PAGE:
Rotary Park in downtown Canton was filled with residents and local officials Friday morning as Cherokee County held its annual Patriots Day ceremony to remember those killed in Sept. 11, 2001 attacks, as well as those who served in subsequent military conflicts and were killed in the line of duty.

“We’re gathered here to remember that beautiful blue sky morning that changed the course of our country,” said keynote speaker Dan McNeal, a retired Army sergeant major. “We have a sacred duty to make sure we never forget. We can never forget, we are one nation, one nation under God.”

McNeal found out about the attacks that morning when he had just returned home after dropping his daughter off at preschool and a neighbor told him to turn on the television, he said. In the days following the attack, McNeal said, everyone stood together and united in a way not seen since the bombing of Pearl Harbor, no matter what one’s political affiliation, religion or other beliefs may have been. He also paid tribute to those firefighters and police officers who demonstrated their heroism that morning by running into the burning buildings to try and help those inside escape, even at the cost of their own lives.

“The FDNY had its heart ripped out that day,” McNeal said, reflecting on how 343 firefighters with the agency were killed on Sept. 11.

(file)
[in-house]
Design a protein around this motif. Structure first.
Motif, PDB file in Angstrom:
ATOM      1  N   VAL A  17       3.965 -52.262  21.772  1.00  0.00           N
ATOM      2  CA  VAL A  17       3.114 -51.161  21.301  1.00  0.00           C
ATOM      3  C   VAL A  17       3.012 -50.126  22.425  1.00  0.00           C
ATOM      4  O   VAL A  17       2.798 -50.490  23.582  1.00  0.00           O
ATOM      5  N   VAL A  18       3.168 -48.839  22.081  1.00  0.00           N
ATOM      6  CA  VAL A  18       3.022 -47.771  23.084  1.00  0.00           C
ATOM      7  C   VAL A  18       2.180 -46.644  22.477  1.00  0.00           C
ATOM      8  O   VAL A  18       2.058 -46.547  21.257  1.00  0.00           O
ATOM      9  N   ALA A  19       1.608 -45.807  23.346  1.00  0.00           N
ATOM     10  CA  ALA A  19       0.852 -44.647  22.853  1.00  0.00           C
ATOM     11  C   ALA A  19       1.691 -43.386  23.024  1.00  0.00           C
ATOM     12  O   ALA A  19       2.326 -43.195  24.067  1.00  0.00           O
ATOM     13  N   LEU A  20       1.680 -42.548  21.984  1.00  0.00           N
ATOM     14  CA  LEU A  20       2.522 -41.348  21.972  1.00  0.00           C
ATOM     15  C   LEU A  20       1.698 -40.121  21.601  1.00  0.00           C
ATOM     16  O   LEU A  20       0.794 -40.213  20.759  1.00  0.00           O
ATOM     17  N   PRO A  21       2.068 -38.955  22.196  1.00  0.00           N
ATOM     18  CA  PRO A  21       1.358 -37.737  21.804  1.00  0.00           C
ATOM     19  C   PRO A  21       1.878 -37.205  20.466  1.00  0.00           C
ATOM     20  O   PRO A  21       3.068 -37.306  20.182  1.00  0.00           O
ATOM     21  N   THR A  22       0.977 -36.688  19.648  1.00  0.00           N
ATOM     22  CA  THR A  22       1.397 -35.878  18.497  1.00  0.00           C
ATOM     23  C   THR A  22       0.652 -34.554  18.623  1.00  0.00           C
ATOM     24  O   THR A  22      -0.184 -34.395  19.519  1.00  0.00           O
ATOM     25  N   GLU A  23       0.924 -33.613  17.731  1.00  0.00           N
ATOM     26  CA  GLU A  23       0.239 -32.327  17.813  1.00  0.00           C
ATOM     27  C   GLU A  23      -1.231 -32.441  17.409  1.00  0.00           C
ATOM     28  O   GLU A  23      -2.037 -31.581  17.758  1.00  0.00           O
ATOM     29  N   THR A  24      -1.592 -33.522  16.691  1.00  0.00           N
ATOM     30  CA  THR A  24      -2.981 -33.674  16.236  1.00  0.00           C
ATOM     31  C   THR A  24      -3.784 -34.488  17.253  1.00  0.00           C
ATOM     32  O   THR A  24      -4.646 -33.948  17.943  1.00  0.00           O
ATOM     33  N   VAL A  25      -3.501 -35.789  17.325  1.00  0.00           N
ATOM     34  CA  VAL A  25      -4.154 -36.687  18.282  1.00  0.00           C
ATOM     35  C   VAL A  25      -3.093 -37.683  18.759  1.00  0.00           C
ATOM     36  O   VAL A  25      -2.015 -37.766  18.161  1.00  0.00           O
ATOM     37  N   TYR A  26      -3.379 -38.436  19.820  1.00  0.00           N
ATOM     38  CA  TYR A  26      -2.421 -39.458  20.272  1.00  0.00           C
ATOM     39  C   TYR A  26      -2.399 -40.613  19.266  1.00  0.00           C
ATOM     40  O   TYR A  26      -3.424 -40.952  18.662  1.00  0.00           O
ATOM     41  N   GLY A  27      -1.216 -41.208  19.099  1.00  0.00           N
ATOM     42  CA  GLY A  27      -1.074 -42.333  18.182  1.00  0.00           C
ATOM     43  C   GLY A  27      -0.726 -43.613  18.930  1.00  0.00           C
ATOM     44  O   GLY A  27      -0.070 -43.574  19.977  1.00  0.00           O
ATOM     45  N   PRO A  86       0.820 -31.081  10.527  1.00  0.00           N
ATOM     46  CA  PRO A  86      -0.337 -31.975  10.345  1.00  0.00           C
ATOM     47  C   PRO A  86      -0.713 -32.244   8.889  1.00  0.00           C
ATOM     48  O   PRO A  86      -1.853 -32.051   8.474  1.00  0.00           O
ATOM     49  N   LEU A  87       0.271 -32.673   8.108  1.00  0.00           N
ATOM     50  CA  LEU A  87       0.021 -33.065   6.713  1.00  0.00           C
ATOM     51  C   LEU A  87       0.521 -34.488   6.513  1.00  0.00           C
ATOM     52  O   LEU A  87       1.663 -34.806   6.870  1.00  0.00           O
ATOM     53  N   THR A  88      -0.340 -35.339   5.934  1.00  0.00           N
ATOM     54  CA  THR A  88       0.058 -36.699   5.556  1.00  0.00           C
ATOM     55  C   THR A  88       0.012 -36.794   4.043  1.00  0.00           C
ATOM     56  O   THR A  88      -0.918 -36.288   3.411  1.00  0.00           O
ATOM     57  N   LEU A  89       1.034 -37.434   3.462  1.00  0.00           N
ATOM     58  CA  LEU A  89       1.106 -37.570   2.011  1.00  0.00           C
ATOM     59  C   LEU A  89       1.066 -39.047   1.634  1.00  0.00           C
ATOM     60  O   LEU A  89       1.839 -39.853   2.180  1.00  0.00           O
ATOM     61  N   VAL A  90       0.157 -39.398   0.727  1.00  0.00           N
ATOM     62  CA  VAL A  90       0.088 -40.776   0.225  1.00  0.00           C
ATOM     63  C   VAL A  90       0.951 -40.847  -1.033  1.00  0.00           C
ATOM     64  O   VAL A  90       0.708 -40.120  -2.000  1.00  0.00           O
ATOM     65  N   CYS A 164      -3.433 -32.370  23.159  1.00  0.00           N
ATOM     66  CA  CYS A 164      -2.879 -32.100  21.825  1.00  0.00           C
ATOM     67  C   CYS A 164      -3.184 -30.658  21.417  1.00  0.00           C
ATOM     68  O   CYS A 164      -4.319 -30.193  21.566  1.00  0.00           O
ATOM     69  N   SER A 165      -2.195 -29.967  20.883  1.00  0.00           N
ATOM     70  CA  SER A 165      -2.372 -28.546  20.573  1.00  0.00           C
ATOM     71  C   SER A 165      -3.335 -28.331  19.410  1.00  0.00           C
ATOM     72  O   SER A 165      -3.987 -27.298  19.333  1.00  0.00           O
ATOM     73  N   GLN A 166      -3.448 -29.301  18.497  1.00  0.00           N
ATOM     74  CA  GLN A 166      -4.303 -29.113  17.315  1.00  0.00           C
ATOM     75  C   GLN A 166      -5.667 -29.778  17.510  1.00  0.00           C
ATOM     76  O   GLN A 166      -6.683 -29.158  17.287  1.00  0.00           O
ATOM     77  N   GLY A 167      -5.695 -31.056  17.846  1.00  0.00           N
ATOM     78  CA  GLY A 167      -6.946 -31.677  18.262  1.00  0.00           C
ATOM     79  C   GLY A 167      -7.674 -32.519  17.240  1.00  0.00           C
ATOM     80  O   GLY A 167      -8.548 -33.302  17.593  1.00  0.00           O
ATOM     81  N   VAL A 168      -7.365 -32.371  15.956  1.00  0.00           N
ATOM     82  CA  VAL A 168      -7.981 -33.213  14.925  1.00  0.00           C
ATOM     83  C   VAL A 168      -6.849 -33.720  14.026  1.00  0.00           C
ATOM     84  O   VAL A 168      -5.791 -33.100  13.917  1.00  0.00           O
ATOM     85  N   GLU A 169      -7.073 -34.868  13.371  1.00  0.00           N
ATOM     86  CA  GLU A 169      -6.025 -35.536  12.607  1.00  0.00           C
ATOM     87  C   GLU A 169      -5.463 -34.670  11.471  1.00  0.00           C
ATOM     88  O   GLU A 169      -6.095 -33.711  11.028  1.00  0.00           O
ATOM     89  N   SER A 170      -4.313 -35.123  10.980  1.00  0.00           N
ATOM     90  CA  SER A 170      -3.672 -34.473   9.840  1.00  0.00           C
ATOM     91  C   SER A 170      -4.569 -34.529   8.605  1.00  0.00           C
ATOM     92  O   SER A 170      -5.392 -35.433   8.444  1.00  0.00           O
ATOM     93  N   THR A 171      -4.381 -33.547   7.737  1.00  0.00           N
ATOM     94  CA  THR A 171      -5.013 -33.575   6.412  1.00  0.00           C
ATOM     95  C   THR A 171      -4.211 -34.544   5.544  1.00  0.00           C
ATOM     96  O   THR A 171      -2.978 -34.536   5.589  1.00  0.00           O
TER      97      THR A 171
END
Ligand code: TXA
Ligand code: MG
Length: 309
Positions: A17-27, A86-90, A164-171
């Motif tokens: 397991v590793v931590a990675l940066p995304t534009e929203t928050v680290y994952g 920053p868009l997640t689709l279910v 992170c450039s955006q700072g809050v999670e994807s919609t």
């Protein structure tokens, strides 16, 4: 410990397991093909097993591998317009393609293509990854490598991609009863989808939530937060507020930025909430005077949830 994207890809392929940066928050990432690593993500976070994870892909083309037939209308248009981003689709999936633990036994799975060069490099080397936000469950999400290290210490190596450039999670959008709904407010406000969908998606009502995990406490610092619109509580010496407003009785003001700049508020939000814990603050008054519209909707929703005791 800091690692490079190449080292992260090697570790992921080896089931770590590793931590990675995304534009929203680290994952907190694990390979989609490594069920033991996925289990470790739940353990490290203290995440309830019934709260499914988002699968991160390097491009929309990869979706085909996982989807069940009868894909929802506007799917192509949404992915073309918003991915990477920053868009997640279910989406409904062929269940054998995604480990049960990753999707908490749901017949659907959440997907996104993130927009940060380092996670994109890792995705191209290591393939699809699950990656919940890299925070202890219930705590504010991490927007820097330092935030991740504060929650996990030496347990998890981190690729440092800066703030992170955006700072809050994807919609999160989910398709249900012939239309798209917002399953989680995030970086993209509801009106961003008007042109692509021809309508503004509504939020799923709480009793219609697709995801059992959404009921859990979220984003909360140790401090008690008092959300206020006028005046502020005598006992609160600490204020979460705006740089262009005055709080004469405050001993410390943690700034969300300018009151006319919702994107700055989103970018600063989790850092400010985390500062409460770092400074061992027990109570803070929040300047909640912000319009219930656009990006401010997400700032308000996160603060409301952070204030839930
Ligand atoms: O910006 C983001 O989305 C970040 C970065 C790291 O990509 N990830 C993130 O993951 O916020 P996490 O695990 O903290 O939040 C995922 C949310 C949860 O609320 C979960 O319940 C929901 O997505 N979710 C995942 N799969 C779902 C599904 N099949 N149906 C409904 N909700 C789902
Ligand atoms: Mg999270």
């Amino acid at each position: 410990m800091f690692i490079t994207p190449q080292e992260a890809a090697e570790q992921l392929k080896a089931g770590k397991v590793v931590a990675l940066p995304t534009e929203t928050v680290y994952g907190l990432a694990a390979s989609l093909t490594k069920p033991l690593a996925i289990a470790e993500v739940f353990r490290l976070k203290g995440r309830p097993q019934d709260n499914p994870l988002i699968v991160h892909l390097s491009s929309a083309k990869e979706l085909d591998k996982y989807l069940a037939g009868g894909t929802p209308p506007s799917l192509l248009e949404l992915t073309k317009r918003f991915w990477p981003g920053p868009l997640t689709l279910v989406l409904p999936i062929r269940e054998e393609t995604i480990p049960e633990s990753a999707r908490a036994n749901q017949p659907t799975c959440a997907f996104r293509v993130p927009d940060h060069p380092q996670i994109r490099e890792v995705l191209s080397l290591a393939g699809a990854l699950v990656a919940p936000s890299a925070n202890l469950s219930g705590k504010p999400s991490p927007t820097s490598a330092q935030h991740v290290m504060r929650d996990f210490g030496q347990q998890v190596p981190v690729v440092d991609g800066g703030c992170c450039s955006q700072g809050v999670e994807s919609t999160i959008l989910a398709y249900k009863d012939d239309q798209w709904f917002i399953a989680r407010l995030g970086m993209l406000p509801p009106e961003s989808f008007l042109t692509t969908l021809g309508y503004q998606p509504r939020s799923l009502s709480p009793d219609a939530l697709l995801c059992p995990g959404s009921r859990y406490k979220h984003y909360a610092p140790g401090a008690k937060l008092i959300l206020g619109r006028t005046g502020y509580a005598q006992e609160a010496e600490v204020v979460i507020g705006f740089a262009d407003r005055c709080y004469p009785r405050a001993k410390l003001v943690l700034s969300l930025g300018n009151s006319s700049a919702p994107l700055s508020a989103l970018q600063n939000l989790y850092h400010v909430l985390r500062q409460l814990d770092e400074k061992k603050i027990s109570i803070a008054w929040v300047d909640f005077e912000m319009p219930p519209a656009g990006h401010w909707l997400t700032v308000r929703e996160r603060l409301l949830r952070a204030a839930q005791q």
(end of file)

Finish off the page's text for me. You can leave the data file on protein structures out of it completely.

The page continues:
With some of the ceremony dedicated to remembering first responders, Tim Cavender of Cherokee County Fire and Emergency Services paid tribute to Holly Springs Police Officer Joe Burson, who died in the line of duty earlier this year. Cavender said Burson’s name had been added to the memorial in Rotary Park, remembering fallen first responders in Cherokee County.

During the ceremony, the Cherokee Chorale performed “Song for the Unsung Hero,” while the Cherokee High School Band of Warriors played both the “Armed Forces Medley” and “God Bless the USA.” Fire department Lt. Cheri Collett performed “Amazing Grace” on the bagpipes after Fire Chief Tim Prather and Sheriff Frank Reynolds placed a wreath at the memorial, followed by one of the Band of Warriors members performing “Taps.”

In addition, County Manager Geoff Morton led everyone in attendance in a moment of silence, while one of the Cherokee County Fire and Emergency Services ladder trucks parked on North Main Street and suspended a large American flag from the top of the ladder.

Several during the ceremony recognized Cherokee County Marshal Jamie Gianfala for his work on the ceremony, including getting McNeal as its speaker. Gianfala said after the ceremony it was an easy decision to pick McNeal, but the chief marshal also wanted to give credit to Cherokee County Assistant Fire Chief Eddie Robinson.

“This doesn’t happen without Eddie Robinson,” Gianfala said.

In his closing remarks, Woodstock Police Chief Calvin Moss quoted Thomas Jefferson and his statement that “The price of freedom is eternal vigilance.”

“Let us make good on our promise to never forget,” Moss said.

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